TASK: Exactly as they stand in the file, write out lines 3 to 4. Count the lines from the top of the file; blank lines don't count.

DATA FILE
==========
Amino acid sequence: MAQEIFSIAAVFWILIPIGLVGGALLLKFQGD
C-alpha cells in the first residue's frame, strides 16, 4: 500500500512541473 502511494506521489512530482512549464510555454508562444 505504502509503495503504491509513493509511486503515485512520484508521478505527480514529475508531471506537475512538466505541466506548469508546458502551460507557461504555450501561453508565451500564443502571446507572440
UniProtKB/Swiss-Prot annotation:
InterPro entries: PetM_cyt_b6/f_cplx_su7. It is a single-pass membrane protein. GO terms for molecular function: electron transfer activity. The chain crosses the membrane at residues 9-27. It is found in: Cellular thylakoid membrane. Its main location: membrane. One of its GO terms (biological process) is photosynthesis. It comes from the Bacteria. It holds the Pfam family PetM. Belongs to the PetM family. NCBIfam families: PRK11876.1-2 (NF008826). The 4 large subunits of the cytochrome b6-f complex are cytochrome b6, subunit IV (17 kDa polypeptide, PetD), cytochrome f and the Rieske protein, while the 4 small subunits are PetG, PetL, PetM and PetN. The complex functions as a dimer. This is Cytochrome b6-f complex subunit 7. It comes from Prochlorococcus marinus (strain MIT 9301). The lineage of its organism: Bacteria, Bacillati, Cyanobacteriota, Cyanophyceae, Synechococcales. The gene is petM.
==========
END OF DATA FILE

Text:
UniProtKB/Swiss-Prot annotation:
InterPro entries: PetM_cyt_b6/f_cplx_su7. It is a single-pass membrane protein. GO terms for molecular function: electron transfer activity. The chain crosses the membrane at residues 9-27. It is found in: Cellular thylakoid membrane. Its main location: membrane. One of its GO terms (biological process) is photosynthesis. It comes from the Bacteria. It holds the Pfam family PetM. Belongs to the PetM family. NCBIfam families: PRK11876.1-2 (NF008826). The 4 large subunits of the cytochrome b6-f complex are cytochrome b6, subunit IV (17 kDa polypeptide, PetD), cytochrome f and the Rieske protein, while the 4 small subunits are PetG, PetL, PetM and PetN. The complex functions as a dimer. This is Cytochrome b6-f complex subunit 7. It comes from Prochlorococcus marinus (strain MIT 9301). The lineage of its organism: Bacteria, Bacillati, Cyanobacteriota, Cyanophyceae, Synechococcales. The gene is petM.